Procurement vs procurement

Thanks, Jason, for your recent links and the extra traffic that has come my way as a result. I hope some of you new readers stick around and weigh in via the comments.

I haven’t posted for a while and I hope this posting goes some way to make up for the absence. I’ll be back to posting about e-auctions next week, but in the meantime here are seven strands, weaving between IT and Procurement. In my view, two very similar departments/functions/processes. I’d be interested to hear your views on how the strands pull together.

Strand One: A quick glance at the recent history of the IT department

My background before ending up in Procurement/Sourcing/Purchasing/SCM (whatever you want to call it) was in the IT space. 20 or 30 years ago, I am told, the IT department was a musty backwater. Then, with things like ERP systems and the Internet boom, IT became more important, more “strategic”. You heard more talk about IT being a strategic asset and not a support function. You heard more about CIOs (Chief Information Officers) and CTOs (Chief Technology Officers) and whether they should be on the board.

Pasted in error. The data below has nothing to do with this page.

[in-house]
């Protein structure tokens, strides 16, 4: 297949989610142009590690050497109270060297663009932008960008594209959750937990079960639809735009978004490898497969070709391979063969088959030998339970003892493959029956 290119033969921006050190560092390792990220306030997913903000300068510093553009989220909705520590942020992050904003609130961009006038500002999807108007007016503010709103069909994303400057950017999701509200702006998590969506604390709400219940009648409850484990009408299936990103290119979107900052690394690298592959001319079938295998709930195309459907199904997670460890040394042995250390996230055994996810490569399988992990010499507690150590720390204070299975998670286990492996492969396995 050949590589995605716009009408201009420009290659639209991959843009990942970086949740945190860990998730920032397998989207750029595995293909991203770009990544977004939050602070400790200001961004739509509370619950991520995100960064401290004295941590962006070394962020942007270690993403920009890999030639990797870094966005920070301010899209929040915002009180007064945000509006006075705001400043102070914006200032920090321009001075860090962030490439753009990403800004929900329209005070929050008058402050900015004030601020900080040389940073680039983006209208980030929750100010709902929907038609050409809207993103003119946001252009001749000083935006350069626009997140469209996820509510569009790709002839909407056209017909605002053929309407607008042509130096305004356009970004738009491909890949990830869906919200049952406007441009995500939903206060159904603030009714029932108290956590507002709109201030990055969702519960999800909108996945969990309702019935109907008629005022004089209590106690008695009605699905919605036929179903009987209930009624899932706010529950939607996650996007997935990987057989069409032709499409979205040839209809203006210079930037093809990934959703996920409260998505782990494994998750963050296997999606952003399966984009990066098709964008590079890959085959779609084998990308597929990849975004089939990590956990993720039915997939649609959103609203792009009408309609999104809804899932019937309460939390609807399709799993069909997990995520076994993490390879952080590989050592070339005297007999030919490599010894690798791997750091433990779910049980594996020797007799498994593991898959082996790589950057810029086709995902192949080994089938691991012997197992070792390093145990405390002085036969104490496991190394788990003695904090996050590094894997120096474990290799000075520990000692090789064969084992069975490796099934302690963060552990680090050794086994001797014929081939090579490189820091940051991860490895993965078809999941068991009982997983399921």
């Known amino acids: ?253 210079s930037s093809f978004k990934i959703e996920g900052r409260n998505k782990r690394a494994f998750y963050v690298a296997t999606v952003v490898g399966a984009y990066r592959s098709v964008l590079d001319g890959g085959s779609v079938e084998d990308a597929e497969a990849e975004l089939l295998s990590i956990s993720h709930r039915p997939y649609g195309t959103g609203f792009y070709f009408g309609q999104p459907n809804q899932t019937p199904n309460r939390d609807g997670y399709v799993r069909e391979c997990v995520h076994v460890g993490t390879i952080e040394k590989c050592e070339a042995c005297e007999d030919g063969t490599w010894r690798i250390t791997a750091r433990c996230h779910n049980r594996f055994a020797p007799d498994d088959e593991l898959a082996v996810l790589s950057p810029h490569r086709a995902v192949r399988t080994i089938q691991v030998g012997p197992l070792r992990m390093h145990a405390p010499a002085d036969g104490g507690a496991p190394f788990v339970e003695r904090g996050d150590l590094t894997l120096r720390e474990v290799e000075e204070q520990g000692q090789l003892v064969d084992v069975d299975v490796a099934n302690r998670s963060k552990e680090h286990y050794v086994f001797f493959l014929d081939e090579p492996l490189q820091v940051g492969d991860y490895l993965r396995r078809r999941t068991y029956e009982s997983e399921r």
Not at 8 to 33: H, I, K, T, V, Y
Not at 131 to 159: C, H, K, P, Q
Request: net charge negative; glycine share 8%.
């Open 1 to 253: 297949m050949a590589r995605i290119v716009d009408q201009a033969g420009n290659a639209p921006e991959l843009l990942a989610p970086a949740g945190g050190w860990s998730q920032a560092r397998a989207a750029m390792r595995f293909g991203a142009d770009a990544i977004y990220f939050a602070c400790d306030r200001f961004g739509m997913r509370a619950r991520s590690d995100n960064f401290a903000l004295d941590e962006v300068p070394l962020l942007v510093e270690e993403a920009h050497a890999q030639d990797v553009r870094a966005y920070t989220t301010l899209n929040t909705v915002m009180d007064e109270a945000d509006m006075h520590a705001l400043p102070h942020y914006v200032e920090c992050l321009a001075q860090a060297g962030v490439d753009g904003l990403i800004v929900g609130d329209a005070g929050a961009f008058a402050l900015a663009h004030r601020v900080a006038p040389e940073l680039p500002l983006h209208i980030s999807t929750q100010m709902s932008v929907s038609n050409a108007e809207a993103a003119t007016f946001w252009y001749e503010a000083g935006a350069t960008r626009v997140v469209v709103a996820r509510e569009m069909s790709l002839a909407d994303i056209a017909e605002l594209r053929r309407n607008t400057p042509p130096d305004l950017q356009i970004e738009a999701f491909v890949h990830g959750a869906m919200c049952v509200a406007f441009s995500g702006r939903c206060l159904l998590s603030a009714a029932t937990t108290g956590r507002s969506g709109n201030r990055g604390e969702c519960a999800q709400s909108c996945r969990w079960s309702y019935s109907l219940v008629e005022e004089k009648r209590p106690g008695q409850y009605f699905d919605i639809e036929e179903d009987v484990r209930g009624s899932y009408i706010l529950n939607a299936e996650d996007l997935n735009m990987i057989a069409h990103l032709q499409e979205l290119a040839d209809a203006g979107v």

Then the wave of excitement began to recede. IT started began to lose its mystique. Some companies started even eliminating their CIO/IT Director roles. Some companies even pushed out responsibility for IT equipment directly to end users. And now, insofar as people talk about CIOs or CTOs, they are clear that the role is as much a business role as it is a technical role.

Strand Two: Procurement becomes more strategic

Claire Brabec-Lagrange , vice-president, purchasing, at Thales, quoted in CPO Agenda’s Autumn 2007 executive debate.

As well as our two to three-year operational plan, we also have a strategic business plan for the next five to 10 years. In the past, purchasing was not part of this exercise, which mainly involved sales and strategy, operations and technology. Now we are part of this strategic exercise and this has made a huge change because it has led purchasing to get closer to sales and strategy in order to understand where the business wants to go and what will be the requirements in sourcing. What are the core technologies that we need to have in-house? What are the key enablers we need to source outside? Who are the key competitors out there and are they our suppliers? Do we have to go to Asia because the business in aeronautics is moving to Asia? How are we going to source locally for local needs? By being involved at this stage we are recognised as being business partners to the sales people, to the technology people and globally to the strategy.